Jackson’s partiality to the triangle does not prevent him from declaring that one of his priorities is re-signing Anthony, the current franchise star and the league’s No. 2 scorer with a 28-point average who’s set to opt out of his contract and become a free agent after this season, despite the latter’s style of play that is anathema to the system Jackson intends to install.

“There’s no doubt about Carmelo being one of the top scorers in the league and maybe the best individual isolation player in the game – I have no problems with committing to saying Carmelo is in the future plans,” stresses Jackson. “I think there are a number of things I see Carmelo doing as he moves forward, and I said – I think I was on record a year ago – that I think Carmelo, as great a player as he is, still has another level he can go to. Together, with the team we create, he can get there.”

Anthony, for his part, has expressed a willingness to alter his game, saying he was “blessed and honored to hear” that Jackson wants him to be part of the Knicks’ future, and that he plans to “rely on him, talk to him, use him as a mentor” while also calling the former Chicago and LA Lakers coach “a genius” and “a basketball guru.”

Melo’s own enthusiasm, however, might also depend on how Jackson will revamp the Knicks and bring them closer to a championship. That would include opening up cap space for a payroll that would reach more than $91.2 million next season, which would surpass cross-city rival Brooklyn as the highest in the league, without even factoring in a raise in Anthony’s new contract, assuming he re-ups with New York.

Stoudemire is due $23.4 million more under his old contract, the oft-injured Tyson Chandler, another expensive acquisition by Dolan, has one year remaining at $14.6 million, Andrea Bargnani $12 million, and J.R. Smith nearly $6 million plus another year’s option at $6.4 million.

Any of these players would have to be unloaded through a trade or buyout, or even released using the stretch provision of the 2011 collective bargaining agreement where one’s entire salary is paid over twice the length of the remaining contract, plus one season, to minimize the hit it would have on the team’s cap. 

It’s all too possible, however, that Dolan and the Knicks might give Jackson no limitation whatsoever in terms of spending if it would mean assembling the best possible squad, particularly as how the team will eventually look can influence Melo’s decision to re-sign, and the summer of 2015 – when such free agents as Kevin Love, Roy Hibbert, LaMarcus Aldridge and Brook Lopez as well as Miami’s LeBron James, Dwyane Wade and Chris Bosh will all be available – will free up tremendous cap space for the Knicks anyway with Amare’s, Chandler’s and Bargnani’s deals coming off the books. 

And Jackson doesn’t even have to wait that long to bring a prospective partner for Anthony now.  The Lakers’ Pau Gasol, for example, has an expiring contract this offseason, and he would represent a decided upgrade for the Knicks’ frontline even if he turns 34 in July.  Gasol loves Jackson as much as he hates current coach Mike D’Antoni, and he could be a good short- to medium-term proposition as the Knicks transition into a new era.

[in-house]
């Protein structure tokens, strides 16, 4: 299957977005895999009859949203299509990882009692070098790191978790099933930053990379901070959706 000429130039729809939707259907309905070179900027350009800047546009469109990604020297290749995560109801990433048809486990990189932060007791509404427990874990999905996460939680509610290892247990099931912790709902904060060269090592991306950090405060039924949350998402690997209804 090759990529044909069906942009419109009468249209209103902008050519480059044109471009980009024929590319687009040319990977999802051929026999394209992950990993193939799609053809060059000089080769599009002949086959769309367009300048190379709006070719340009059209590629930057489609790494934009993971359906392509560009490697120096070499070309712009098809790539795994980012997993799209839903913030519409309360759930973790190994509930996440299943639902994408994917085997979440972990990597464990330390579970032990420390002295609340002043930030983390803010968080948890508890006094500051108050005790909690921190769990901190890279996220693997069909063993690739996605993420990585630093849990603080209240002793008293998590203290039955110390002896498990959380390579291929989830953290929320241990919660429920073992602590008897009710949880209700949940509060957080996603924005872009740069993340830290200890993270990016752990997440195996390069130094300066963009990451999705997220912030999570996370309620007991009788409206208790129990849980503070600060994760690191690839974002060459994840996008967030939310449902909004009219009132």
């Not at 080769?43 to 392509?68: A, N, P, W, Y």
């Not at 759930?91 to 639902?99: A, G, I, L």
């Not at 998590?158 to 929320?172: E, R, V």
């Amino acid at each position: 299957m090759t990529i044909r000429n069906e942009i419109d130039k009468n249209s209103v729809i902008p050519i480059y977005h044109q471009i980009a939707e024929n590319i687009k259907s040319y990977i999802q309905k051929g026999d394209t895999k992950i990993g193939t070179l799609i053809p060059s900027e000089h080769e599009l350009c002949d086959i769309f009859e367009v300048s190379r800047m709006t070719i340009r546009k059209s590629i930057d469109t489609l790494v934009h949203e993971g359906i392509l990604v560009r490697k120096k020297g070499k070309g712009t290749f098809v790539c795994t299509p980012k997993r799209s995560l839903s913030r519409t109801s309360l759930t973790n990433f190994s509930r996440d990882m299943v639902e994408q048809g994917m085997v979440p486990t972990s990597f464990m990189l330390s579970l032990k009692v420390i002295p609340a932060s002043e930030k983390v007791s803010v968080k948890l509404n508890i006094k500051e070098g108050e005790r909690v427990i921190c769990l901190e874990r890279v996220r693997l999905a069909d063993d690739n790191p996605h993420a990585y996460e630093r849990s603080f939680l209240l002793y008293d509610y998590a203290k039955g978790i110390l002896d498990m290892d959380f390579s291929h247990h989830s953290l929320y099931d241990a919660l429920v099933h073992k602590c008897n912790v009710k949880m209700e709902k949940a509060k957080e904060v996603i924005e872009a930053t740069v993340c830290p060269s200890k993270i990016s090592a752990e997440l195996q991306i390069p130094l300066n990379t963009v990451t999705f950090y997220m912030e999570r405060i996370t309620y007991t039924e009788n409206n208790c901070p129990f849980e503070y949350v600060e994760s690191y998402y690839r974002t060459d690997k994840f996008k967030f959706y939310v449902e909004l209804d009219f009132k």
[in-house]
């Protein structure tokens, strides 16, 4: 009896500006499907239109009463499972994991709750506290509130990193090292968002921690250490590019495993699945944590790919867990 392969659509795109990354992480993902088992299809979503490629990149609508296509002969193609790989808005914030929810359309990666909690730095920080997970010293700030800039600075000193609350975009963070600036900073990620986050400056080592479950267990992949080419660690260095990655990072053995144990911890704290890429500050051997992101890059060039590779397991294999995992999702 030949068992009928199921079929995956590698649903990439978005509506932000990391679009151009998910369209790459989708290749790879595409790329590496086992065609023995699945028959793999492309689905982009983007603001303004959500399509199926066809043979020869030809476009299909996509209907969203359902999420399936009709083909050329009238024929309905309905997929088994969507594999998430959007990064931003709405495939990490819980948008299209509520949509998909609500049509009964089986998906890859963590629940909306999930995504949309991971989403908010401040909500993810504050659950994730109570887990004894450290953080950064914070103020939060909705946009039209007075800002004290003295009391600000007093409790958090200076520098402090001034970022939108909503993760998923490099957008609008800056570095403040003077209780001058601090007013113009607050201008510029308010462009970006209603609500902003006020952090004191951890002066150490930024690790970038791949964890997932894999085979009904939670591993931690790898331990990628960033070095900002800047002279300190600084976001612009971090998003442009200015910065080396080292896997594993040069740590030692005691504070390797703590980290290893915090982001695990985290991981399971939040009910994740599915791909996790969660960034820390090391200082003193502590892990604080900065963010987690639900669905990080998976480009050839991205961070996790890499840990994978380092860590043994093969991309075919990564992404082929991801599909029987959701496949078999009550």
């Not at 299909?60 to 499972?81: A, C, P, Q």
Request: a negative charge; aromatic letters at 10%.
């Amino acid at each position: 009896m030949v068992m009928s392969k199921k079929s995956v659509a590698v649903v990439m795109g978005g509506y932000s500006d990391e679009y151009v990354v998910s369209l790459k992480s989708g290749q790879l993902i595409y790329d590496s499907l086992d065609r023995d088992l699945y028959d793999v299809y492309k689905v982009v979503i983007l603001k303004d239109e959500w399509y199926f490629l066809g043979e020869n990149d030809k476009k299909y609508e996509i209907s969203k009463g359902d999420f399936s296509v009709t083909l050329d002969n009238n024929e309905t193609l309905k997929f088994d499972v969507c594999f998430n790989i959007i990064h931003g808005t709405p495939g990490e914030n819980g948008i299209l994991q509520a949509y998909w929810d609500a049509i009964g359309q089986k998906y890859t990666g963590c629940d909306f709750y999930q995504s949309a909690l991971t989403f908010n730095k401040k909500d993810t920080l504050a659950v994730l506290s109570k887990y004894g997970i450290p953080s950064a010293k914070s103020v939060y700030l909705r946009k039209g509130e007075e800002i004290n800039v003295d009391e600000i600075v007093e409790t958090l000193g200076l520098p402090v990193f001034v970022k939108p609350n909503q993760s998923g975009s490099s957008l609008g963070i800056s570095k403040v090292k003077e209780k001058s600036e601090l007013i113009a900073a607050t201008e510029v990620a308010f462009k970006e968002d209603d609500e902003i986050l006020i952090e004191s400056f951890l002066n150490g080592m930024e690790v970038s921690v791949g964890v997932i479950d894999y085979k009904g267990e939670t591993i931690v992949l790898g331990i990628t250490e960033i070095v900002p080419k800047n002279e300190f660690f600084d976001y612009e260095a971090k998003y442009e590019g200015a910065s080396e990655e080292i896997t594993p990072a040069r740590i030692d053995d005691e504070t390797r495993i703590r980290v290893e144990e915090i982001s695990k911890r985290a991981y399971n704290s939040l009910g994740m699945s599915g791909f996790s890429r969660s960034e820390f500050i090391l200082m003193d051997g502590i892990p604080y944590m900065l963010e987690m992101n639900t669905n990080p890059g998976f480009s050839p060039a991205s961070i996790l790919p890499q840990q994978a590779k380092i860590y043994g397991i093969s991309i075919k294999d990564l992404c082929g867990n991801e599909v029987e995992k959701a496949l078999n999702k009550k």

How Jackson plays his cards will define this era one way or the other. 

“As we go forward, we have a great chance and a great opportunity,” Jackson told the media upon his introduction as the Knicks’ new boss.  “This is the best place to play basketball.”

This, of course, can only be true again if the Zen Master lives up to the hype, and joins Auerbach and Riley in that exclusive pantheon of great coaches and great executives by winning an NBA title.

SHORTSHOTS: Philadelphia’s franchise record in futility continued when the 76ers lost in Chicago 91-81 last March 22 to extend their losing string to 24 games, the second-longest in history next only to Cleveland’s 26 set in 2010-11.  Next up for the Sixers: San Antonio and Houston… How good a coach Gregg Popovich is was again demonstrated over the weekend when San Antonio, with Tim Duncan and Manu Ginobili sitting out the game to rest, beat a Golden State club with only Andre Iguodala missing 99-90 on the road… Marcus Thornton has provided Brooklyn a lift, averaging 11.9 points to help the Nets to 13 wins in their last 17 games after coming from Sacramento in a trade last February.  The Nets are just a game behind Chicago for the fourth playoff slot in the East and homecourt advantage. – Rappler.com 

Bert A. Ramirez has been a freelance sportswriter/columnist since the ’80s, writing mostly about the NBA and once serving as consultant and editor for Tower Sports Magazine, the longest-running locally published NBA magazine, from 1999 to 2008.  He has also written columns and articles for such publications as Malaya, Sports Digest, Winners Sports Weekly, Pro Guide, Sports Weekly, Sports Flash, Sports World, Basketball Weekly and the FIBA’s International Basketball, and currently writes a fortnightly column for QC Life and a weekly blog for BostonSports Desk.  A former corporate manager, Bert has breathed, drunk and slept sports most of his life.

Add a comment

Sort by

There are no comments yet. Add your comment to start the conversation.